In recent years, the Midwest as a region and its cities have just not proven to be “the destination that the coastal cities are,” said consultant, columnist and podcaster Aaron Renn.
Some economists have suggested that strategies to reinvigorate struggling Midwest communities will have to look different from the past, when births outnumbered deaths and young people stuck around or returned home after college for jobs in manufacturing or agriculture.
“If you can’t convince Amazon to put [a national headquarters] in your city; if you can’t convince Facebook to open an office, what should we do?” Renn asked. “We should adopt a citizen-[focused] strategy. We do that through quality of place, improving public services, investing in your people where you think you can.”
That can be as simple as paving streets and filling potholes or as difficult as tackling the epidemic of opioid addiction, Renn said. “I’m not claiming it will bring prosperity, but I am saying it will make it better for the people who are there,” he added. And it could lead to more migration of working-age residents into a region contending with a stagnant labor force.
Tim Bartik, a senior economist at the W.E. Upjohn Institute for Employment Research in Kalamazoo, Michigan, described the difficulties some Midwest cities face as a “chicken-and-egg problem.”
“If you don’t have many high-tech firms or high-tech workers, you can’t attract high-tech workers because you have no high-tech firms, and you can’t attract high-tech firms because there are no high-tech workers,” he said.
Rise of Remote Work
Directing funds to amenities like schools, health care, parks, roads, recreation, transit and even, in the case of Akron, its robust punk rock community, could boost population and bolster the workforce, which, in turn, could attract businesses with jobs to offer.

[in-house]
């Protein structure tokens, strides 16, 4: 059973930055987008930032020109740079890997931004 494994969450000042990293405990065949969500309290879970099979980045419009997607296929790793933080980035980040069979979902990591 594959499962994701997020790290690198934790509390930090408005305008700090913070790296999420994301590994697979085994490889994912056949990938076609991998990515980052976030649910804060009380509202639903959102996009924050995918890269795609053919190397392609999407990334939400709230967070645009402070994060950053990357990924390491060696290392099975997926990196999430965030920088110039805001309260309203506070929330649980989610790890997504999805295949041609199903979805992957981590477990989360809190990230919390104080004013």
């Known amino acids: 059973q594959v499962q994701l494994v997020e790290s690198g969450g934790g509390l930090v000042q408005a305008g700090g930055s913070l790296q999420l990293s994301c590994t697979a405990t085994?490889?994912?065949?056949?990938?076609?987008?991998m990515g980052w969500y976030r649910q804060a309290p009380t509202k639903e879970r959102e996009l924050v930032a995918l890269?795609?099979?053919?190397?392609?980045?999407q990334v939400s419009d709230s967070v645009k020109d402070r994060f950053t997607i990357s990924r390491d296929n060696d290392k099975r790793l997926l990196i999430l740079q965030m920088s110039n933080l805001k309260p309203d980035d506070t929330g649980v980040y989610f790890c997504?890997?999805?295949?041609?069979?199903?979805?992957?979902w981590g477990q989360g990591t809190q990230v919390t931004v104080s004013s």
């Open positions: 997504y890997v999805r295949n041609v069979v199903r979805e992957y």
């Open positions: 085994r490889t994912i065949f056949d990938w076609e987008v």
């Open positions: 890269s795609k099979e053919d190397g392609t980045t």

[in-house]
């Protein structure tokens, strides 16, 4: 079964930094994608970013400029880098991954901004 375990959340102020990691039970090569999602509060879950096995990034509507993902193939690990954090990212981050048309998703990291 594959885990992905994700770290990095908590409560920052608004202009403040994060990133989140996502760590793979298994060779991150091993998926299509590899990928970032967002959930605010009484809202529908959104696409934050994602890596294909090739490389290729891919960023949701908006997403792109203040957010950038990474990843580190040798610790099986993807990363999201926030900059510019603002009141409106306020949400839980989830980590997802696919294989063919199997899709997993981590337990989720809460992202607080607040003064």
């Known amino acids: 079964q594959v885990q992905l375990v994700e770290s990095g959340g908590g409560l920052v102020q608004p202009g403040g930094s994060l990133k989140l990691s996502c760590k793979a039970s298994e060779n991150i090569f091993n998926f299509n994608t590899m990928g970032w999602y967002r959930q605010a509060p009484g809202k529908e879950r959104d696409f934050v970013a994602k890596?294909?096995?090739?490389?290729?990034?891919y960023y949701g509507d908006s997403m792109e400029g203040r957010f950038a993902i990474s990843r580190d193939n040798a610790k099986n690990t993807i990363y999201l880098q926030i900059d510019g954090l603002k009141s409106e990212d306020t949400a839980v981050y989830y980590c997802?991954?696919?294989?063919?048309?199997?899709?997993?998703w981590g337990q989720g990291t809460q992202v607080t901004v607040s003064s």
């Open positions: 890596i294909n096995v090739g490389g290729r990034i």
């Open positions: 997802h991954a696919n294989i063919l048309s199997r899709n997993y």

Midwestern communities should market those amenities to remote employees, Hicks advised.
“The geographic connection to your job is now severed for about half of college-educated workers and one-in-four for non-college grads with an [associate degree] or high school diploma,” said Hicks, who noted that nearly 50% of college grads are teleworking, including 24% who don’t have to report in person to a workplace at all.
“The pandemic put that on steroids,” Weinstein agreed. “We have increasing freedom to live anywhere we want. Where do we want to live? Places that have a high quality of life.”
Hicks predicted the remote work trend will endure. “We’re at the beginning stages of what I imagine will be a two-decade-or-longer adjustment,” he said. “Young people are going to be looking for remote work in a very great way.”
That makes them prime recruits for Midwest communities, Weinstein added.
Demographer Ken Johnson, a sociology professor with the University of New Hampshire’s Carsey School of Public Policy, said access to quality internet service is a factor that can make the difference to a remote worker deciding where to live, as can a local airport and good hospitals.
Bartik endorses investment in job training, preschool and K-12 education. “All of those things would increase the quality of your local labor force,” he said, noting that quality education can also lead to lower crime and reduced teen pregnancy rates.
Renn echoed that view. “The No. 1 way to move the needle,” he said, “is through education.”
Still, Bartik said, too little research exists on how well quality-of-life efforts work to attract skilled and remote workers to proclaim the approach a surefire economic development strategy.
But Hicks predicted that Midwestern communities that embrace quality-of-life strategies will see brighter futures than those that don’t.
“My hunch is the Midwest is going to see this play out rather dramatically over the next generation,” Hicks said. “Some places are going to do really well if you’ve got good schools, very little blight, little crime, things to do in your town; we’ll see migration to those places.”
For places on the opposite end of that spectrum, population growth is likely to sputter, Hicks predicted, adding: “This means that the model of attracting business is going to be less effective than the model of attracting people.”